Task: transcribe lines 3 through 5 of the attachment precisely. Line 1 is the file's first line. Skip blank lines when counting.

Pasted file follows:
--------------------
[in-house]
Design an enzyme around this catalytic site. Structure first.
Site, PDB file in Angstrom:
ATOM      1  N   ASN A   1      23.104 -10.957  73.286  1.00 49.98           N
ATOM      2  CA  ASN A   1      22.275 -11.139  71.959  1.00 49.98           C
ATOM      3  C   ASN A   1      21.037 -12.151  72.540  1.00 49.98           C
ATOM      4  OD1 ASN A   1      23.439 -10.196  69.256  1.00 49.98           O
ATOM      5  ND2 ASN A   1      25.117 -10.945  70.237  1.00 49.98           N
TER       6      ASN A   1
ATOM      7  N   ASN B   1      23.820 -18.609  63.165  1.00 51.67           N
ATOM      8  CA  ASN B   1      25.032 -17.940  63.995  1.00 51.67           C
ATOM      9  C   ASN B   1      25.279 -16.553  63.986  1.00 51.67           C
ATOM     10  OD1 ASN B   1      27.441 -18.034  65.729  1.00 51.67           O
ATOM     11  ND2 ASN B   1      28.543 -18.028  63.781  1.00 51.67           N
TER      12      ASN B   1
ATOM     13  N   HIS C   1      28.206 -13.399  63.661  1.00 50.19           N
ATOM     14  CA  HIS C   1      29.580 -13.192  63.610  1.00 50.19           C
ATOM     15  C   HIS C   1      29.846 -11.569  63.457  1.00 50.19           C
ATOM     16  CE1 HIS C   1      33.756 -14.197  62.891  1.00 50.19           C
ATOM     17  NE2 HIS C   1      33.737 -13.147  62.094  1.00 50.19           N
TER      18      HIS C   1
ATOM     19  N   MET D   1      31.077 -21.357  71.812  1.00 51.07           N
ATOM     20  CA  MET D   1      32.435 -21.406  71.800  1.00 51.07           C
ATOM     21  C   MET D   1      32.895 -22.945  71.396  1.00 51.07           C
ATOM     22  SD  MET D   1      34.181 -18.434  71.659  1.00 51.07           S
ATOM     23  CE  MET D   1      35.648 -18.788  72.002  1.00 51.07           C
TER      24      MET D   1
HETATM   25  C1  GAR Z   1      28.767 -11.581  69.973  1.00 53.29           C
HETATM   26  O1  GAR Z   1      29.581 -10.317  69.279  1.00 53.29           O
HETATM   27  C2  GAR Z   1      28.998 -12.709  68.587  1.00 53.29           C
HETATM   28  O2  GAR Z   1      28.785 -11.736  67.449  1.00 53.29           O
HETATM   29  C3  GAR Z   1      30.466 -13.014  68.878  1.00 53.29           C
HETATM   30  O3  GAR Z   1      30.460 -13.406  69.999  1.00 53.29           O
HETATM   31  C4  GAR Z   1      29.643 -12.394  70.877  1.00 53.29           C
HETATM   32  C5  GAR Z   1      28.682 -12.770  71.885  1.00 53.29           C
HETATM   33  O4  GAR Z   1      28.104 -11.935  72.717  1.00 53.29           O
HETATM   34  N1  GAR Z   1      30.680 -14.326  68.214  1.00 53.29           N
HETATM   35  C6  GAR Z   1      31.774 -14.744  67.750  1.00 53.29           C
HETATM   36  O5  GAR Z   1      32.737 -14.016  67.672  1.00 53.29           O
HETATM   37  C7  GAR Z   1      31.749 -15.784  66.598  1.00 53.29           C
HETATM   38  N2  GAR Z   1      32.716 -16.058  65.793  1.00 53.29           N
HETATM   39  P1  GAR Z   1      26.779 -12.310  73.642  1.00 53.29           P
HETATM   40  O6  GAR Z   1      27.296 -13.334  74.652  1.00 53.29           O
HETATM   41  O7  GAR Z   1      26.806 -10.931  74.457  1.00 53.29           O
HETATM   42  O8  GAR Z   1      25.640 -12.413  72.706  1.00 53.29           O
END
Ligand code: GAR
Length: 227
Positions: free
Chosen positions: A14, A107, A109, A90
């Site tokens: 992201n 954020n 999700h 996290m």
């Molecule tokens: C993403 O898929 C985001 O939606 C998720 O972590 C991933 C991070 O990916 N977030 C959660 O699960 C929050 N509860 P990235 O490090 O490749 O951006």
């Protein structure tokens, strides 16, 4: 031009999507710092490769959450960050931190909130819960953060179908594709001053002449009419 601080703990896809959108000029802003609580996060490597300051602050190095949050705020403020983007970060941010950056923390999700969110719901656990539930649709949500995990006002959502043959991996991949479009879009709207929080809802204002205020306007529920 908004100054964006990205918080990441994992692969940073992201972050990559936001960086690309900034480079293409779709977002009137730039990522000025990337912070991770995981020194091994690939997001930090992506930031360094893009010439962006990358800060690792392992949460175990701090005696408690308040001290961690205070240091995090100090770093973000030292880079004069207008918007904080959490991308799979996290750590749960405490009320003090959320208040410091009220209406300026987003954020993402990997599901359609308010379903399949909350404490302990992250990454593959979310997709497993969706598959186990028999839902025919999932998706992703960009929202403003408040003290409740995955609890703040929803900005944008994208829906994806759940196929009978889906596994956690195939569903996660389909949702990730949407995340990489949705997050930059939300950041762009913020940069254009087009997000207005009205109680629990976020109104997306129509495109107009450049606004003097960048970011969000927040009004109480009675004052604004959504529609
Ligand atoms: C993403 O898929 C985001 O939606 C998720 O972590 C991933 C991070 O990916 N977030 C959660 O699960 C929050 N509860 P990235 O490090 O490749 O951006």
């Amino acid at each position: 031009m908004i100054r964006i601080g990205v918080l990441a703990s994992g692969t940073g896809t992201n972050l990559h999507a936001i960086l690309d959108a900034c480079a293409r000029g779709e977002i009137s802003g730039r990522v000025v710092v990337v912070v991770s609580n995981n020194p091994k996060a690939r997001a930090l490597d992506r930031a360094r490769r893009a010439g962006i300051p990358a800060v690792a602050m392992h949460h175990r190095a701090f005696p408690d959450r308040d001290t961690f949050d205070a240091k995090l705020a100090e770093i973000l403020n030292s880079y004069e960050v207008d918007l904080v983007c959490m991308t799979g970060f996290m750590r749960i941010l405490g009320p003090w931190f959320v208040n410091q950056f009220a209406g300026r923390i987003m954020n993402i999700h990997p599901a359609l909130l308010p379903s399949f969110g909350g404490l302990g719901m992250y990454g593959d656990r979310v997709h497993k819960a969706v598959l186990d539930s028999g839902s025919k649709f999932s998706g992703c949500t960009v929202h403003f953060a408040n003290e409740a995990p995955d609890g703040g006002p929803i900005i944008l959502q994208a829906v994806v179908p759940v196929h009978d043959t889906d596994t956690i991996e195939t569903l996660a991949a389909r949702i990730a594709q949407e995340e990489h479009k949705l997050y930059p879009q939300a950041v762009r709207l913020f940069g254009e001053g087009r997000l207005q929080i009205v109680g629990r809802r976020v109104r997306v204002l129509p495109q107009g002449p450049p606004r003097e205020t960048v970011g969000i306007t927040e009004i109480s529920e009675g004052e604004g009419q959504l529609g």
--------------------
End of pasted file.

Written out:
Site, PDB file in Angstrom:
ATOM      1  N   ASN A   1      23.104 -10.957  73.286  1.00 49.98           N
ATOM      2  CA  ASN A   1      22.275 -11.139  71.959  1.00 49.98           C